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Fri Oct 29, 2021, 09:23 AM

Sooner is better than later, but best is better than sooner. I can wait a couple of weeks if need be

That doesn't mean I'm not frustrated and inpatient. I refresh my screen ten times an hour looking for new updates on the status of congressional negotiations. I know that the torturous slow process of getting Build Back Better over the finish line doesn't help Democrats. And it is human nature to look for someone to blame when things don't go the way we want or need them to. I have my preferred targets, yours may or may not differ, but ultimately all of that pales before the enormity of what is being done now in Congress, under President Biden's leadership, to uplift the American people with tangible core support that can and will transform millions of lives for the better.

In my own lifetime historic major positive changes have usually come about only after prolonged flirtations with brinkmanship. Obamacare is a vivid recent case in point. Even more recently, the struggle to save Obamacare from Trump's lethal assaults against it was a similar nail biter. Going back to my childhood, despite large Democratic majorities in Congress, the fate of LBJ's Civil Right's agenda was very much in doubt until the very end, with strong resistance from many southern Democrats making ultimate passage doubtful. Most Americans though soon forget these epic struggles, what they live with and long remember are the results.

And when I say that "best is better than sooner", I am not defining "best" by pie in the sky metrics. For me "best" means the best that can be obtained under current circumstances. Those who know me here know me as a self identified "progressive", but you won't find me "crying about spilled milk" over items left out of President Biden's Build Back Better framework. I fought for decades to further all of the objectives that the original 3.5 Trillion dollar legislation advanced, AND MORE. I trust President Biden however, and he's been up to his armpits in all of the congressional negotiations. Now it is time to lock in a win, on the terms that he has determined are possible. If an agreement can be reached within days to improve that framework further, great. If not, so be it.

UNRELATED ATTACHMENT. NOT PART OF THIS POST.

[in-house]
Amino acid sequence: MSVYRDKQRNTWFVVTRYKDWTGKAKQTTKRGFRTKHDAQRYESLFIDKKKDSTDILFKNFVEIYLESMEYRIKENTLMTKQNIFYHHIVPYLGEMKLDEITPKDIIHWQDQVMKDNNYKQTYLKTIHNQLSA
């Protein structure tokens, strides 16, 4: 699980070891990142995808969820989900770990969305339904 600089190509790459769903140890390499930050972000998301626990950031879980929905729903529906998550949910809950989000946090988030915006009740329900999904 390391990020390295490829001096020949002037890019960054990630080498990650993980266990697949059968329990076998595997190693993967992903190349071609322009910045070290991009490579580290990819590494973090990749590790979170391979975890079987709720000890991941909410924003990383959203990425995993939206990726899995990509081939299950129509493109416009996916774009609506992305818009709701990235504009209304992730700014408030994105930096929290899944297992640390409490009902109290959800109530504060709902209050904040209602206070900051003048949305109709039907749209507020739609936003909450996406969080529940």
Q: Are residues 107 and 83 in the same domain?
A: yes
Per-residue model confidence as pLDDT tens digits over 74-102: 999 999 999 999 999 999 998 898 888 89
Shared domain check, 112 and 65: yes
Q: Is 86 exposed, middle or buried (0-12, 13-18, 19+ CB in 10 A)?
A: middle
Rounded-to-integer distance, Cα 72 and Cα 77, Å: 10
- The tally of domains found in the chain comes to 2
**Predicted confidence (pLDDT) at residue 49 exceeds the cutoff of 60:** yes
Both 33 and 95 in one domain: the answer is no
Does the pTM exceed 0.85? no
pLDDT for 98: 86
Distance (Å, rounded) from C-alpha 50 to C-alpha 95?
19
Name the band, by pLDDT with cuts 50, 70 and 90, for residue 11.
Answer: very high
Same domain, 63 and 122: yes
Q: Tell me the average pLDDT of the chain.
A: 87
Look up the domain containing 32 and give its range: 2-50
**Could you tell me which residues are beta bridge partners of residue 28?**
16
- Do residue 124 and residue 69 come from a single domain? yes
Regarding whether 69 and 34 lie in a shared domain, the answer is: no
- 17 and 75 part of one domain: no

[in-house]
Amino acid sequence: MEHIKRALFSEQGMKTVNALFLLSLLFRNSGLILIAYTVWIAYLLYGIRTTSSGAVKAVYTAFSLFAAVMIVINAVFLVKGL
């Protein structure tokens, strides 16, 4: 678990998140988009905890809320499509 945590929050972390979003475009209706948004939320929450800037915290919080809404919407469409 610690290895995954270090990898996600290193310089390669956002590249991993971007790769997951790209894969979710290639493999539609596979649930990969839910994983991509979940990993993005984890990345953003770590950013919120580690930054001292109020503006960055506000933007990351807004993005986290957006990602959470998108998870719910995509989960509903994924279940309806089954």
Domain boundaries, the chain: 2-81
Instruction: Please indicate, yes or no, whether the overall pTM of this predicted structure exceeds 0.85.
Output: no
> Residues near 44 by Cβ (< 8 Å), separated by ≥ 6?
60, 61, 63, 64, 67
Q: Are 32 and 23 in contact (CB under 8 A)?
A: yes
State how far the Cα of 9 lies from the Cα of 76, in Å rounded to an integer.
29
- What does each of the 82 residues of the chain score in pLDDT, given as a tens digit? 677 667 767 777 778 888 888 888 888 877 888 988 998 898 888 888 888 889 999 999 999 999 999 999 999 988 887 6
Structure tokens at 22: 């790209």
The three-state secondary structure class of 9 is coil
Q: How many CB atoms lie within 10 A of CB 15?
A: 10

But announcing a framework for a deal does not lock in a win on those terms. The announcement of a proposed framework spoke of "expectations" of full Democratic support, not of "commitments" of full Democratic support. For all of the focus some have placed on congressional Democratic "progressives" needing iron clad commitments that congressional Democratic "moderates" will support the final actual wording in a Build Back Better bill, Senator Joe Manchin refuses to commit to it also until he is certain that the final wording meets with his approval. House progressives have gone so far as to formally endorse President Biden's framework. The Senate Democratic holdouts have not. As matters now stand, we do not yet have a deal. But we are well within reach of one because all sides in this prolonged standoff are now strongly motivated to successfully "land this plane." Call me a cynic if you must, but I doubt that would be true were the fate of the Bipartisan Infrastructure Bill not directly linked to the fate of the Build Back Better Bill.

It is not wild leftist rhetoric to point out that the Bipartisan Infrastructure Bill has extensive corporate support. Corporate America wants that bill passed, because it is consistent with their own economic self interests. They have lobbied in favor of that legislation. Meanwhile they have lobbied against major provisions of the Build Back Better Bill. Of course this is no coincidence. The only reason why the so called "hard" infrastructure bill passed the Senate with Republican support is because most of the elements that corporate America found objectionable n President Biden's agenda for America were segregated out of that bill and crammed into the Build Back Better Bill which corporate lobbyists were then free to focus their fire on,

Even if Joe Manchin and Krysten Sinema are currently inclined toward backing President Biden's proposed framework, how many free spending lobbyists would cram into their offices with last second proposed "revisions" to the Build Back Better Bill, one minute after they secured final passage of the infrastructure bill, if the two pieces of legislation should become "de-linked?" THE DETAILS MATTER. Every ten billion dollars cut from the final Build Back Better Bill will leave tens of thousands of American families in poverty. Every subsidized housing unit cut will leave another family homeless. Every reform to make health insurance more affordable that gets further trimmed will mean more unnecessary deaths.

No matter how you look at it we are in the end game now. Both bills will come up for final passage soon, if not in days than in weeks. Sure sooner is better than later, but not at the expense of lives. I accept President Biden's revised agenda. Now let's make sure that we can deliver all of it.

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